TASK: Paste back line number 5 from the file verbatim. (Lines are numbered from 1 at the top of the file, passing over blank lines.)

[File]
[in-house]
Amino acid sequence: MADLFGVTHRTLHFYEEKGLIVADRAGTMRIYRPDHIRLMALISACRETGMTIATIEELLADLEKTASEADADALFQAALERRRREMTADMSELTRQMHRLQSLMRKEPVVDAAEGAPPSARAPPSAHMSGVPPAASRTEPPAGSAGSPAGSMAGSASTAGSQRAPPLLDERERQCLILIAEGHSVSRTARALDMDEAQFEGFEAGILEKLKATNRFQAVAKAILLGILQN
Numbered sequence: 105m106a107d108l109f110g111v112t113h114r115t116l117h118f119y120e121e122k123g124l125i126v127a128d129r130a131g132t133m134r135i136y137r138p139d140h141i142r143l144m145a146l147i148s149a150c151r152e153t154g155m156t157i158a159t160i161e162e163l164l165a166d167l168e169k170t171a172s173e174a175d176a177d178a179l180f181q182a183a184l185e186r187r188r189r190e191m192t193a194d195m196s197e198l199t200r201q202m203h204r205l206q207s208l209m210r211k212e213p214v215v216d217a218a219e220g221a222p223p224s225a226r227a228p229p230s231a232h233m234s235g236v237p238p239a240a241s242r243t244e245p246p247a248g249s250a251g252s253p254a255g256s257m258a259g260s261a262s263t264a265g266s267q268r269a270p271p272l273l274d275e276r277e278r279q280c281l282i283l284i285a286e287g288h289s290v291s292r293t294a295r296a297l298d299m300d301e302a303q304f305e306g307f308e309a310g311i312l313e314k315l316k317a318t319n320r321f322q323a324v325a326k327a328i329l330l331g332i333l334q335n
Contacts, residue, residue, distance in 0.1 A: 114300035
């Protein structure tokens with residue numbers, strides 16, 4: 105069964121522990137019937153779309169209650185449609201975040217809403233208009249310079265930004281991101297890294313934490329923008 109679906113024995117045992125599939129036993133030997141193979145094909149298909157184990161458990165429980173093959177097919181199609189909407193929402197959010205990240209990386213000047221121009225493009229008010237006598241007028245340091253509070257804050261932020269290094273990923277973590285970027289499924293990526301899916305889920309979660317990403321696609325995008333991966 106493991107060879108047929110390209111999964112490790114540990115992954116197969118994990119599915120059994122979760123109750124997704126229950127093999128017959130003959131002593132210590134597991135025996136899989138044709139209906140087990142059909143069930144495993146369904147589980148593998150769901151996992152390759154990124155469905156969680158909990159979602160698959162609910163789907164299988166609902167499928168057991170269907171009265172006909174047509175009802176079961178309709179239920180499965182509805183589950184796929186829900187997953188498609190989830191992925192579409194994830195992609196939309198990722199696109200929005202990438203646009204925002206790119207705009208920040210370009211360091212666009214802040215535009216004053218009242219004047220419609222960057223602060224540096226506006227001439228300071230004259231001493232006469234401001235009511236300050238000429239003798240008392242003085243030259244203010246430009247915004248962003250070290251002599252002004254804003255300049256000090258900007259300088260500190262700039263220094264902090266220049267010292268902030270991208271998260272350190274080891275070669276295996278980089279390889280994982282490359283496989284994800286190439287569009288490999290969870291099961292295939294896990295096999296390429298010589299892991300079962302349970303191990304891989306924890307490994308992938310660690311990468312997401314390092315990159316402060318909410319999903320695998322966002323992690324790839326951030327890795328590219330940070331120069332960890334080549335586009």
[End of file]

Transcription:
């Protein structure tokens with residue numbers, strides 16, 4: 105069964121522990137019937153779309169209650185449609201975040217809403233208009249310079265930004281991101297890294313934490329923008 109679906113024995117045992125599939129036993133030997141193979145094909149298909157184990161458990165429980173093959177097919181199609189909407193929402197959010205990240209990386213000047221121009225493009229008010237006598241007028245340091253509070257804050261932020269290094273990923277973590285970027289499924293990526301899916305889920309979660317990403321696609325995008333991966 106493991107060879108047929110390209111999964112490790114540990115992954116197969118994990119599915120059994122979760123109750124997704126229950127093999128017959130003959131002593132210590134597991135025996136899989138044709139209906140087990142059909143069930144495993146369904147589980148593998150769901151996992152390759154990124155469905156969680158909990159979602160698959162609910163789907164299988166609902167499928168057991170269907171009265172006909174047509175009802176079961178309709179239920180499965182509805183589950184796929186829900187997953188498609190989830191992925192579409194994830195992609196939309198990722199696109200929005202990438203646009204925002206790119207705009208920040210370009211360091212666009214802040215535009216004053218009242219004047220419609222960057223602060224540096226506006227001439228300071230004259231001493232006469234401001235009511236300050238000429239003798240008392242003085243030259244203010246430009247915004248962003250070290251002599252002004254804003255300049256000090258900007259300088260500190262700039263220094264902090266220049267010292268902030270991208271998260272350190274080891275070669276295996278980089279390889280994982282490359283496989284994800286190439287569009288490999290969870291099961292295939294896990295096999296390429298010589299892991300079962302349970303191990304891989306924890307490994308992938310660690311990468312997401314390092315990159316402060318909410319999903320695998322966002323992690324790839326951030327890795328590219330940070331120069332960890334080549335586009």